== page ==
“The hospitality sector is a cornerstone of our city’s economy,” says Mayor Ken Sim. “I am proud of our proactive approach to listening and responding to the sector’s needs. We’re here to listen, learn, and work hand in hand with the industry. Together with industry leaders, we are removing barriers and creating a more supportive and prosperous environment for local businesses while enhancing the experience for residents and visitors.”

The City has made significant strides in implementing recommendations from the working group, such as simplifying processes so businesses can focus on innovation and growth. These include:

  1. Streamlined liquor licensing: businesses can now submit development permits and liquor licensing applications together as concurrent applications. 
  2. Simplified business licencing process for restaurants: applications for a new restaurant business licence can now be submitted at the same time as a development permit and liquor licensing applications.
  3. Enhanced occupancy load process: floor plans can now be submitted with seating calculations to determine occupancy load, allowing fire occupancy load permits and development permits to be approved simultaneously.

“Having a direct link between industry, Council, and City staff allows us to quickly implement smart, innovative solutions to support Vancouver’s hospitality industry,” said Jeff Guignard, Executive Director of BC’s Alliance of Beverage Licensees—an association representing BC’s pubs, bars, nightclubs, and private liquor stores. “Our focus in the coming months will be to find practical and meaningful solutions to reduce red tape, cut costly delays, and give industry the tools it needs to prosper.”

In consultation with the working group, the City will be actively exploring creative solutions to enhance Vancouver’s hospitality scene, including restaurants, bars and pubs, breweries and distilleries, and tourism-related services. 

“Vancouver’s hospitality sector is an integral part of both the economic and cultural fabric of our city, and the establishment of the hospitality working group indicates a much needed focus and prioritization of the industry,” said Hospitality Vancouver Association (HVA) spokesperson Laura Ballance. “The membership of HVA is looking forward to working in a collaborative nature with City officials and staff on issues facing the sector.” 

Among the priorities identified for future work, the working group will help inform the City’s ongoing efforts, including:

  1. Identifying opportunities to streamline and resolve provincial and municipal liquor licensing timelines.
  2. Exploring options to reduce or remove distancing requirements for liquor establishments to increase opportunities for new and existing businesses.
  3. Reviewing the City’s year-round patio program to support a vibrant restaurant scene in Vancouver.
  4. Evaluating options to simplify regulations related to tasting lounges at breweries and distilleries so that businesses have clarity and can better promote their brand.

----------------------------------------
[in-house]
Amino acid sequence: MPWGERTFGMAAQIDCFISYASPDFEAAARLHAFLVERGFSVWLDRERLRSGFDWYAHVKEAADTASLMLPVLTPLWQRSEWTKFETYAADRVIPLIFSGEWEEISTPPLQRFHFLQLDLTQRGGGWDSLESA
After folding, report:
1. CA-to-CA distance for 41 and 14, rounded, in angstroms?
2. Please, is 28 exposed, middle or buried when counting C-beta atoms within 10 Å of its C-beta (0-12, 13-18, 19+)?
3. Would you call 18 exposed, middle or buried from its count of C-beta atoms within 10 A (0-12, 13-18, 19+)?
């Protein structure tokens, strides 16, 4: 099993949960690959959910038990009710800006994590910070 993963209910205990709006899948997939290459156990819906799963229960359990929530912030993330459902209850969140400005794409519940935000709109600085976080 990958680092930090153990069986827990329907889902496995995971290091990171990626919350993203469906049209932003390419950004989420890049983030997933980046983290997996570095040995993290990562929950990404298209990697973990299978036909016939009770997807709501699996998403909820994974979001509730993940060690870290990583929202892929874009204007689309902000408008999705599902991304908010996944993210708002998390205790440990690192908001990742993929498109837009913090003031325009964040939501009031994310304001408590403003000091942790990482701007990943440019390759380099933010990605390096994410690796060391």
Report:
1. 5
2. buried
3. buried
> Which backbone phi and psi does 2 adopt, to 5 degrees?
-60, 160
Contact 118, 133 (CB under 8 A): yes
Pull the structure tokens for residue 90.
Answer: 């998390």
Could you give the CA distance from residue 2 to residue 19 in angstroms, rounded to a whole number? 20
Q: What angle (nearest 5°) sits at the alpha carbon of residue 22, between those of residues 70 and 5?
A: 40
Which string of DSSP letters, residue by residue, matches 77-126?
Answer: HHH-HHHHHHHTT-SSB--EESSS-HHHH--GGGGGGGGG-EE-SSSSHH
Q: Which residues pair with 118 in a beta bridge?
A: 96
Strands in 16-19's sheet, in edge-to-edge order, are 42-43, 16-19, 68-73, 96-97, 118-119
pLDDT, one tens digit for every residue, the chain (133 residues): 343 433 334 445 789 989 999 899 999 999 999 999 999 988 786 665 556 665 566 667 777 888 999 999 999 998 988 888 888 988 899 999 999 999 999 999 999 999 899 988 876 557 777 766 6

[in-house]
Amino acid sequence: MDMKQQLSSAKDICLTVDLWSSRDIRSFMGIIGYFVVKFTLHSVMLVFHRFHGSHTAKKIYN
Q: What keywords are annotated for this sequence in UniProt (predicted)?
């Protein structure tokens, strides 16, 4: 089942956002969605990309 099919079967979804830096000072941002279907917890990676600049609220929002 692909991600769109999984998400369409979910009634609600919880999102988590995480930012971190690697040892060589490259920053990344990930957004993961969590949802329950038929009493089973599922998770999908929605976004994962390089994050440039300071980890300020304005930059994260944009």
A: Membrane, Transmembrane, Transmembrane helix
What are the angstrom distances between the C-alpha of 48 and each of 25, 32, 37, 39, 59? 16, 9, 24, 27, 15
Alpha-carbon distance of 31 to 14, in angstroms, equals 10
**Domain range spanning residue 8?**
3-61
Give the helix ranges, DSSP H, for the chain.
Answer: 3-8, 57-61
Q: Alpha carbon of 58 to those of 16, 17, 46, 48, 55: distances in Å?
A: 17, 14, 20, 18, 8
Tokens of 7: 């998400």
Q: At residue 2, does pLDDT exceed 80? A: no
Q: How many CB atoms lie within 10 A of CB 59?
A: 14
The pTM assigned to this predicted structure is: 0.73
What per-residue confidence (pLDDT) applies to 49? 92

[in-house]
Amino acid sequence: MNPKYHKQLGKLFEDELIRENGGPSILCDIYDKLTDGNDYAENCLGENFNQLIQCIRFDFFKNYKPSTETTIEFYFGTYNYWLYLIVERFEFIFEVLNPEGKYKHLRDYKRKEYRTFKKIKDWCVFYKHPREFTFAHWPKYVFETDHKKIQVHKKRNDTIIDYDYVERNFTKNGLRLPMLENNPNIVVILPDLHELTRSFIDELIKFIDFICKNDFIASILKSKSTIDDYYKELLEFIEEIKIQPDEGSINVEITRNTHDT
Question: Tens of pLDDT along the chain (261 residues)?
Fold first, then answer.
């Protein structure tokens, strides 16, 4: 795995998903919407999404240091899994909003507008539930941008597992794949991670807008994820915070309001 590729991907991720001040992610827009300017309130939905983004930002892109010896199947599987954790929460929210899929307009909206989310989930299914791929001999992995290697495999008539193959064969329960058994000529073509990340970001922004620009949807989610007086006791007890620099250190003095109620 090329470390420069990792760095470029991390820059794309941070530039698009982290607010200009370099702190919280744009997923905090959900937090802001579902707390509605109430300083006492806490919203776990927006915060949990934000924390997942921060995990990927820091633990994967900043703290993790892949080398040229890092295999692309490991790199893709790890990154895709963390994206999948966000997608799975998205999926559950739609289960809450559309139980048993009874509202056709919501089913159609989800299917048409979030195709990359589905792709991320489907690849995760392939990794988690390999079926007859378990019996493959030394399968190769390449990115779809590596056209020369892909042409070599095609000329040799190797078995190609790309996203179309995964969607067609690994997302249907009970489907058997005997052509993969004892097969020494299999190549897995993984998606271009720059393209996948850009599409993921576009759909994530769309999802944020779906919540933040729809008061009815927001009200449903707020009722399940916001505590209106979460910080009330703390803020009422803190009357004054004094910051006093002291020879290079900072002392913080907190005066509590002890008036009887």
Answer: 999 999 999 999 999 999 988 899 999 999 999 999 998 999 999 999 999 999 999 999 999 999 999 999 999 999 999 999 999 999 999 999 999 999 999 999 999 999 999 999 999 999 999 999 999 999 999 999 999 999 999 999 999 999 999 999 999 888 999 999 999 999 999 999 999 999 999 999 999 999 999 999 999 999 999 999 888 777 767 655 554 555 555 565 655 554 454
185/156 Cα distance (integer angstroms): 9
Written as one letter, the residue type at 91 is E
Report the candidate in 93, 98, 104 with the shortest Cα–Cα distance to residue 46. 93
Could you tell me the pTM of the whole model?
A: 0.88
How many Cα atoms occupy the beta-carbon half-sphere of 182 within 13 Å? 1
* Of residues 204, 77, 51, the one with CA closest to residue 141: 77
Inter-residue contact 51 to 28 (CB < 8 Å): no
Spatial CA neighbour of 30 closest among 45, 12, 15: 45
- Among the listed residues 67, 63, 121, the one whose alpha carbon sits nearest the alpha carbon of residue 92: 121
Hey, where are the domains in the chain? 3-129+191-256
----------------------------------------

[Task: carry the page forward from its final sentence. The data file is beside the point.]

“We’ve had some remarkable quick wins, but there’s still lots of work to do,” says Andrea Law, General Manager of Development and Business Licensing. “Together with the working group, the City is committed to finding practical solutions to challenges faced by businesses in the hospitality sector. Our approach to collaboration is grounded in deep respect for the many local entrepreneurs and businesses that form Vancouver’s diverse hospitality scene.”  

The City will provide updates on the working group through a designated Hospitality Sector Working Group web page, which also hosts valuable resources for business owners.

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’No Fun City’ No More: Mayor Sim promises policy changes for hospitality sector

New City of Vancouver hospitality working group to address longstanding policy issues

“I am very pleased to see that the City of Vancouver is committed to real change for the hospitality industry. It is an honour to be a part of this working group and I look forward to the collaborative effort to streamline processes and eliminate costly delays. We are all committed to seeing progress and advancement with antiquated laws and regulations that need to be updated. I wish to thank Mayor Ken Sim and the Vancouver City Councillors for their support in taking a hard look at longstanding policy issues that have challenged so many of our clients.” – Bert Hick, President & Founder – Rising Tide Consultants

For Immediate Release
June 14th, 2023

Vancouver, BC – On Friday, Mayor Ken Sim was joined by members of Vancouver City Council and representatives from the hospitality sector to announce the creation of a new City of Vancouver hospitality sector working group.

“With today’s announcement of a new hospitality working group, we have an opportunity to help create a better, more vibrant, and prosperous future for our local economy,” said Councillor Lisa Dominato. “We’ve heard a clear demand for policy change from local businesses and this working group is an important first step.”
The working group is a City-staff led initiative, overseen by the Development, Building, and Licensing department. Its members include city staff and representatives from the hospitality sector. The working group’s goals are to identify, adjust, and eliminate red tape that present challenges to businesses in the sector.